FSB urges MEPs to deliver small business plan for Europe
MEPs must look beyond continuing Brexit uncertainty and take the lead in implementing a small business plan that will unlock the potential of Europe’s 23.8 million small businesses, the Federation of Small Businesses (FSB) has urged.
In its ‘Small Business Plan for Europe’, FSB is calling on all parties and candidates contesting the European Parliament elections as well as the incoming European Commission, to deliver a raft of reforms for the small business community: from tackling the growing threat of cyber crime to creating a prompt payment culture.
"Europe’s 23.8 million vibrant small firms are the heartbeat of their respective economies and it is right that policymakers in Brussels do everything they can to help these entrepreneurs grow and flourish," FSB national chairman Mike Cherry said.
He explained that his is just as true for UK small businesses as it is for any other small business on the continent, as despite ongoing uncertainty about our future relationship with the EU, decisions made in Brussels will continue to impact the everyday lives of small business owners in the UK.
"A self-employed consultant from Huddersfield will have the same questions for MEPs as a small drinks producer from Prague. How can you make sure that I am paid on time? Are you going to help my business trade with new international partners? Am I going to be able to access the talent I need to grow my business? All MEPs should be seeking to answer these questions before and after the polls on 23 May," Mr Cherry said.
FSB’s plan, put forward on behalf of the UK’s 5.6 million small businesses, sets out clear steps that the European Parliament and incoming European Commission should take to enhance productivity, boost growth through trade and access to finance, increase security resilience and promote diversity and inclusion for all. Key measures include:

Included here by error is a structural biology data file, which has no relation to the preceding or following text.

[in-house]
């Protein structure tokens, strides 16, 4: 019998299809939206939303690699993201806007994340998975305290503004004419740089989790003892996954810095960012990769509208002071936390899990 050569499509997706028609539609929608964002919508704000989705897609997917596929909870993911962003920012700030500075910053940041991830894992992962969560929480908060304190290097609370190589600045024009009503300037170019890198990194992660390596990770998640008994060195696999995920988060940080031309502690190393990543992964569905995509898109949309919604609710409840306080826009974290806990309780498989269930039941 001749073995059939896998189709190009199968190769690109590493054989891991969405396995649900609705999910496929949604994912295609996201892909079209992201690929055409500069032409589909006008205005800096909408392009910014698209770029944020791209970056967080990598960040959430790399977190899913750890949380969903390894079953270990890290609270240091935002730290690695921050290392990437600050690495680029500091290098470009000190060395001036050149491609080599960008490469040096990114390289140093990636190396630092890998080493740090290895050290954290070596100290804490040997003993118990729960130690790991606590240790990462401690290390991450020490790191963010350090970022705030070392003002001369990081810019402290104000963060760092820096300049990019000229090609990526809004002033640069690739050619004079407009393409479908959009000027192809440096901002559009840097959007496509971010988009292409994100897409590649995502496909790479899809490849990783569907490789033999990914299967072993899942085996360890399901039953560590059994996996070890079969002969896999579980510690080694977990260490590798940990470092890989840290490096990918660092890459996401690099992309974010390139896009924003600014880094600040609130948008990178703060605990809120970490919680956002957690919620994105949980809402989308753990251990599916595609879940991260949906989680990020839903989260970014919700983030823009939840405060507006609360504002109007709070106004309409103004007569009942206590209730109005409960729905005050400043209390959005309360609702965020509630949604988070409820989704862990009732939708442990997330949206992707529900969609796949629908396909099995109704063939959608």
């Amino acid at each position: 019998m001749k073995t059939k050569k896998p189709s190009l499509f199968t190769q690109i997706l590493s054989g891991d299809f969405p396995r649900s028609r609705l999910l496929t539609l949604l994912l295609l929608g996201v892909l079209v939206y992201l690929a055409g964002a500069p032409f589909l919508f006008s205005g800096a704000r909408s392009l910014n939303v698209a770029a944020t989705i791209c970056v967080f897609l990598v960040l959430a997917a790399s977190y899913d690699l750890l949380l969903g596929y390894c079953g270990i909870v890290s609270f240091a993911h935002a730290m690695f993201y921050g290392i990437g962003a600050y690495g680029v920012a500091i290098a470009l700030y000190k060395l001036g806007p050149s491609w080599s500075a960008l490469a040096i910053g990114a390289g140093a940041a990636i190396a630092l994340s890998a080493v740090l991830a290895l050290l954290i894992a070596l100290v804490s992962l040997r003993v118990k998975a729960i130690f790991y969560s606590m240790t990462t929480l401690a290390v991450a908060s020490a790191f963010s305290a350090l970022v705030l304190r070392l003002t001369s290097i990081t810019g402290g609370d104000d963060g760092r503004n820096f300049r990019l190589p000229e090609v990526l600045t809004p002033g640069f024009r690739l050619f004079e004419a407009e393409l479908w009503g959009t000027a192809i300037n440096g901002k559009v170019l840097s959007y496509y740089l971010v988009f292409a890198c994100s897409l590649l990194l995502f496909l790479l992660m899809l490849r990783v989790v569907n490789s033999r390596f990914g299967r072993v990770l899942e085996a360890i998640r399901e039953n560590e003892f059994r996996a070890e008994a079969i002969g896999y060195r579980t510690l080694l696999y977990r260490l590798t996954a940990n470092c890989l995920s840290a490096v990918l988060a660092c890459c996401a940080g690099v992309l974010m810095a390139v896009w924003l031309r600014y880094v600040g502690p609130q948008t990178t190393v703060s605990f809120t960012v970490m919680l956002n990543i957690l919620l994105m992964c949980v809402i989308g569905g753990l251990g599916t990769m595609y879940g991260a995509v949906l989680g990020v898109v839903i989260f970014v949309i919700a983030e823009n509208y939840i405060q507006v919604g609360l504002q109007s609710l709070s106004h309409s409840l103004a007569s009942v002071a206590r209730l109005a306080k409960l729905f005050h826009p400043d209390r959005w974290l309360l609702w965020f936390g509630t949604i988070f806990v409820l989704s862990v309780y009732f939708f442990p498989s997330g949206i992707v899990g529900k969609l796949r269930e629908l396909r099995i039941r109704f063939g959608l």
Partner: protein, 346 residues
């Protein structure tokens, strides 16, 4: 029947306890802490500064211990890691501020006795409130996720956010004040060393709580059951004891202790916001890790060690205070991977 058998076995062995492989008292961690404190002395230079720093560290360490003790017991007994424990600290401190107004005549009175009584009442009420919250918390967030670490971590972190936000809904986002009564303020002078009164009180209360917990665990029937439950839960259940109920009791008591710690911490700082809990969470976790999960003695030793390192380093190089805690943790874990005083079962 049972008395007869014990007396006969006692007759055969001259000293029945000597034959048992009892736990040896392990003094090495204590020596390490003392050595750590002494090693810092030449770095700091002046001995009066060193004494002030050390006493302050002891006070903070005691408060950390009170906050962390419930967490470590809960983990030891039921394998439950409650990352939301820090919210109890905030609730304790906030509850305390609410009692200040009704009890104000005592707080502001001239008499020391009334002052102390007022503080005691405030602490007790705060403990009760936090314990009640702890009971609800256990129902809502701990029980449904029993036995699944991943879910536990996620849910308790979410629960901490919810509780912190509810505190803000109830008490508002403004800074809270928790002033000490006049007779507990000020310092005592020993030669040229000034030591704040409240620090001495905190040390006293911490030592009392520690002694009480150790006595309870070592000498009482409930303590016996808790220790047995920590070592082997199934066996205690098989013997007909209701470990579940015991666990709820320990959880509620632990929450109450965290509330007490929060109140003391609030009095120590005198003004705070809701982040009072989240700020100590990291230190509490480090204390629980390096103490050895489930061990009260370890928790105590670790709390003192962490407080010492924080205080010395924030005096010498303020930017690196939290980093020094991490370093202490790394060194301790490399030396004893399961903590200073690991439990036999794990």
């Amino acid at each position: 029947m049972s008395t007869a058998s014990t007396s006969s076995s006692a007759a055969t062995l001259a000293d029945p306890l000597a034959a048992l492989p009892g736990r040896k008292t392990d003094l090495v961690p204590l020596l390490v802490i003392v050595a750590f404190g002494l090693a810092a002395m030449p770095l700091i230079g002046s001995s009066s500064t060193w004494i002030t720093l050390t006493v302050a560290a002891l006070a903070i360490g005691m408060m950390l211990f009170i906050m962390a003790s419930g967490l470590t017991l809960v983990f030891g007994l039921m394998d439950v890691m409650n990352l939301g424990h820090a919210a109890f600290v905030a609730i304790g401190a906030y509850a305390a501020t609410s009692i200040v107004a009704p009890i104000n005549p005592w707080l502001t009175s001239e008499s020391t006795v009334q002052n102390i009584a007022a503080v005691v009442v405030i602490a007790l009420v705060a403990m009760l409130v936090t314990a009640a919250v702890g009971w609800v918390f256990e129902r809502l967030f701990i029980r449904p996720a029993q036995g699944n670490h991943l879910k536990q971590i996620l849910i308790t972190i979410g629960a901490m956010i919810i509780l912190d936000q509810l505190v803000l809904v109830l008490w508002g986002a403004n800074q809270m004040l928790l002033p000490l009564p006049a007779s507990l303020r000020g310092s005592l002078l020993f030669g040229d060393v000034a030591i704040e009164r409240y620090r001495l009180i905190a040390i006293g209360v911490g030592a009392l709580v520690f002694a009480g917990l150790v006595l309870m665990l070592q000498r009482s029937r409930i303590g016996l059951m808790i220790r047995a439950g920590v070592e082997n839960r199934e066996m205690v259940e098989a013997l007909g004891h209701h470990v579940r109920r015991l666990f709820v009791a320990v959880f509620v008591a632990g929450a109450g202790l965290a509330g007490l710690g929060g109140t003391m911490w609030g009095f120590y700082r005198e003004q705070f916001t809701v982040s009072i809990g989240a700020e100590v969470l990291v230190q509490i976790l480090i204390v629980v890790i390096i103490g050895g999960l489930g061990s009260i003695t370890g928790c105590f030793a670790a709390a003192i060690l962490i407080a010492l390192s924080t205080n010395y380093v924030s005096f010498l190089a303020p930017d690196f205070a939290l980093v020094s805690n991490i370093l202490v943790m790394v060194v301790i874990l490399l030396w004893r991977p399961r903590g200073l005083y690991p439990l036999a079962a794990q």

- Prohibiting persistent late payers from all future public procurement contracts via a targeted revision of the EU’s Public Procurement Directive.
- Ensuring all future and revised trade agreements contain a comprehensive small business chapter.
- Making existing skills initiatives and policies more inclusive of smaller businesses and sole traders, helping them to up skill and satisfy their skills demands.
- Adopting strict rules on regulatory changes to help limit the cumulative burden on small businesses.
- Improving the law enforcement response to cyber crime in the longer term through effective co-ordination of member states' cyber security and crime agencies.
- Developing an EU level framework for women’s enterprise in an effort to grow and support women’s enterprise.
"With increasing global competition, rapid technological change, chronic productivity problems and rising costs, small firms are facing some of the toughest business conditions they have ever faced," Mr Cherry added.
"Small businesses across Europe, not just in the UK, need support to better deal with these challenges. It is up to MEPs and policymakers to create the best possible conditions to allow our small firms to continue creating jobs, unlocking growth and driving innovation that benefits everyone."